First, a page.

Break-Glass

 I was asked to explain how Break-Glass works. There is not a solitary answer, as the context is very important.

Define Break-Glass 

A method used by authorized clinical people to gain access to information that the patient has indicated they want held more confidential, when that clinician has made a medical assessment that there is a safety concern that the confidential information may help shed light.

  • Used only in Treatment use-cases. It would be inappropriate for a Billing/Payment use-case to invoke Break-Glass. 
  • Not the Emergency-Room use-case. The Emergency-Room tends to focus on stabilizing the patient and this can often be done in complete absence of historic data. Further when data are available, the clinicians in the Emergency-Room tend to already be operating at elevated privilege.
  • Used only by authorized users. Not all clinicians are going to be given this authority.
  • Medical safety concern. The clinician is expected to be making a medical safety decision. This concern is often gathered as rational for invoking Break-Glass.
  • Post analysis. Break-Glass events should happen very rarely, but when they do the Audit Log must be relied upon to provide transparency to the activities. Thus, the Audit Log might be more detailed during a Break-Glass activity. The activity of Break-Glass should cause a post analysis, where the Audit Log is examined for if the declaration of Break-Glass was necessary and appropriate.
  • Patient Privacy Consent restricts some data for Treatment. Note that if no restrictions for Treatment are given, then Break-Glass doesn’t apply as it would result in no additional data access.
    • Patient Privacy Consent does not forbid Break-Glass. There are some settings where it is allowed for a patient to indicate they would rather suffer safety concerns than have the data exposed. Most settings don’t allow this kind of thing, trusting their clinicians more.
So, by this point we know there this is a use-case where break-glass applies, the patient has authorized break-glass, there is a need to blind some information from this clinician, and that the clinician does possess the permission to declare break-glass; so it is only now that we need to do something special.
 
historic article from 2015  

Solution Considerations:

In general there are a variety of ways to solve. 

  • Internal logic of the EHR. If the use-case does not need to extend outside of the EHR, then there is no need for a standardized solution.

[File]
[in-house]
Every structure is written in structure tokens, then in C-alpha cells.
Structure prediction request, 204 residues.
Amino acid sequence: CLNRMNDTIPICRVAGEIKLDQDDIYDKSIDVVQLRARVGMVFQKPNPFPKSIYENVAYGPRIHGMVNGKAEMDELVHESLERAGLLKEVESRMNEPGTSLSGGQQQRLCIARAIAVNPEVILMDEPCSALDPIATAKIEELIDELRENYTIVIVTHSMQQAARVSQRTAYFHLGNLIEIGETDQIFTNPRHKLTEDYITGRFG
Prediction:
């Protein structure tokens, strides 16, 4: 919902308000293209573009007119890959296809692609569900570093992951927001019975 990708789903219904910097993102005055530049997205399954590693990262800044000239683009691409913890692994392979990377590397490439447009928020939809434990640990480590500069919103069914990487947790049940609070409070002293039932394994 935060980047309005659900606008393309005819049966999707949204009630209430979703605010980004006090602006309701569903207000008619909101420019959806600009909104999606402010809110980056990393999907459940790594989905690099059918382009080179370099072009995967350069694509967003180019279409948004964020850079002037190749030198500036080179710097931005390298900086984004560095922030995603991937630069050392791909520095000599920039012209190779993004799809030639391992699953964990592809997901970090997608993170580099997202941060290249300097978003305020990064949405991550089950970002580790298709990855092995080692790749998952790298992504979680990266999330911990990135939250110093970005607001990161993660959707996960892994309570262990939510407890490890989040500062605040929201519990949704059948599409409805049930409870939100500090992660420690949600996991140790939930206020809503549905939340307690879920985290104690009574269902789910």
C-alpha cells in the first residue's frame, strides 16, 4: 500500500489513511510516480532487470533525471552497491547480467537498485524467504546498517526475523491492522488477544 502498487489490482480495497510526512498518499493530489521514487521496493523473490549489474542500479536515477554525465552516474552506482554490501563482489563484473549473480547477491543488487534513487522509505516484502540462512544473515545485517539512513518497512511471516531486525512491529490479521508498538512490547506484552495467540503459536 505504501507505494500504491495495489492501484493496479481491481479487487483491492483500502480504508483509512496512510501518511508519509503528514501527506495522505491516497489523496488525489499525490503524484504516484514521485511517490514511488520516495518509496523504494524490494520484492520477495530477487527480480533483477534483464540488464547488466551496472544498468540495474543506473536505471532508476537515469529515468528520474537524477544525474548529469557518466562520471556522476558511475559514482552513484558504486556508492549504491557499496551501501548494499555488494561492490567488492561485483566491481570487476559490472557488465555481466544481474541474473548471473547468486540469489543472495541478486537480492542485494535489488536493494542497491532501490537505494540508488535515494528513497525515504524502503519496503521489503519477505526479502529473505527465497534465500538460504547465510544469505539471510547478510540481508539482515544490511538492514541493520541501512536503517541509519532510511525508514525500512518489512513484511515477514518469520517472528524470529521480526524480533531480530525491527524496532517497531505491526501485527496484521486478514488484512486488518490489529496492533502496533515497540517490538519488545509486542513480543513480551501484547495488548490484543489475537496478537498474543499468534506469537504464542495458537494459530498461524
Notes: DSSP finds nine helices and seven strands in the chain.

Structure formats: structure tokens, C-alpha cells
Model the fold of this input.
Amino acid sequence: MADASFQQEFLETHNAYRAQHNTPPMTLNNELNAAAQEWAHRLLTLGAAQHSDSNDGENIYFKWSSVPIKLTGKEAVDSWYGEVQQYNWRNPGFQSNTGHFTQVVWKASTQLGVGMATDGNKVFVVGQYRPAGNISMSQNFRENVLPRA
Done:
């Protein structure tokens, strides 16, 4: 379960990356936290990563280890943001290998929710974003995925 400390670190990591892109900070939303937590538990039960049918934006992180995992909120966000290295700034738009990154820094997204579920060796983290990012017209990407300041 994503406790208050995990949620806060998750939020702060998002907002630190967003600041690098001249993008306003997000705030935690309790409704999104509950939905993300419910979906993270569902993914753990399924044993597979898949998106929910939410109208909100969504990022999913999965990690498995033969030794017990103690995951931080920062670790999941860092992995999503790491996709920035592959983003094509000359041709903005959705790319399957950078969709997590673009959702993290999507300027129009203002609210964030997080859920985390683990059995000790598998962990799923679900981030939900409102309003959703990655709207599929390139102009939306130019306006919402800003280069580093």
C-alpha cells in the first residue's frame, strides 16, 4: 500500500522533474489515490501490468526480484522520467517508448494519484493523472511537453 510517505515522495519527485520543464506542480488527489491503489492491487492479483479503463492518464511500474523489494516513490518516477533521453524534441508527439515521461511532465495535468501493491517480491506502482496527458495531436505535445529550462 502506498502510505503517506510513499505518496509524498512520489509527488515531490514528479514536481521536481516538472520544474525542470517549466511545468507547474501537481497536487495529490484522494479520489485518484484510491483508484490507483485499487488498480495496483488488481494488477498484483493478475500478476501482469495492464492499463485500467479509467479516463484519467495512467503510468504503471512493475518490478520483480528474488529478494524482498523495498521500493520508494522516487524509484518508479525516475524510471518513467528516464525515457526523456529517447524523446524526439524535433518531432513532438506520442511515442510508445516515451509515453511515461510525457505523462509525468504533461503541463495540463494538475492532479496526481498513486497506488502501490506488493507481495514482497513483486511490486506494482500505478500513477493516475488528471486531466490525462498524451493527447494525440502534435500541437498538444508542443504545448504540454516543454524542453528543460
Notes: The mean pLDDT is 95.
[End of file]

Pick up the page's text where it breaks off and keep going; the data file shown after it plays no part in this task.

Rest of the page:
• Some workflow mechanism. It is possible for Break-Glass to be supported in ways that have nothing to do with the Security layer. These solutions tend to treat Break-Glass as a pathway thru the other clinical flows. 
Thus for Security layer solutions tend to focus on use of
  • PurposeOfUse of BTG (Break-the-Glass). Typically, clinical flows use TREAT as the PurposeOfUse to indicate the request is triggered by a normal treatment use-case and that the data returned would be used for normal treatment use-cases. The BTG would be an additional PurposeOfUse to indicate that Break-Glass has been appropriately declared.

How BTG is declared is covered below…

How does User know Break-Glass could be used?

This section is looking at how the user would know that Break-Glass ‘could’ be used. In theory, the non-authorized users would not be told that there are data that are blinded to them. Thus, only the users that hold the authority to declare Break-Glass would be notified that there are data that are blinded to them under normal treatment.
  • It is possible that there is no feedback mechanism. Thus, those with the authority to Break-Glass would simply declare Break-Glass when they “felt” that data might be being blinded that might have some impact on safety. 
    • The advantage of this is that the clinician is never presented with some indication. There have been incidents that some clinicians overly focus on the blinded data if they know that there are data that are blinded.
    • The disadvantage of this is that unnecessary Break-Glass events will be declared. This disrupts the clinician’s flow, forcing them to detect if the Break-Glass action gave them more data or not; and causes safety / privacy investigation of many Break-Glass actions.
    • An advantage is that this does not require any additional detection logic on normal transaction requests, and does not have an atypical response.
    • This approach might be useful as a steppingstone to a more mature solution. 
  • FHIR OperationOutcome. All responses to requests in FHIR can carry a OperationOutcome. The OperationOutcome could indicate that BTG could be used. This would be indicated with an issue in the OperationOutcome that is clearly just information / informational. But would require that there be some yet-to-be-defined code to indicate that Break-Glass may be useful
  • The FHIR Bundle that is returned might have a Bundle.meta.security tag that indicates that some data were redacted (REDACTED). This is a Bundle security tag, as it is about the transaction results, and not about any specific data inside the Bundle (actually about data not in the Bundle). This tag would not be included for those users not authorized to declare Break-Glass.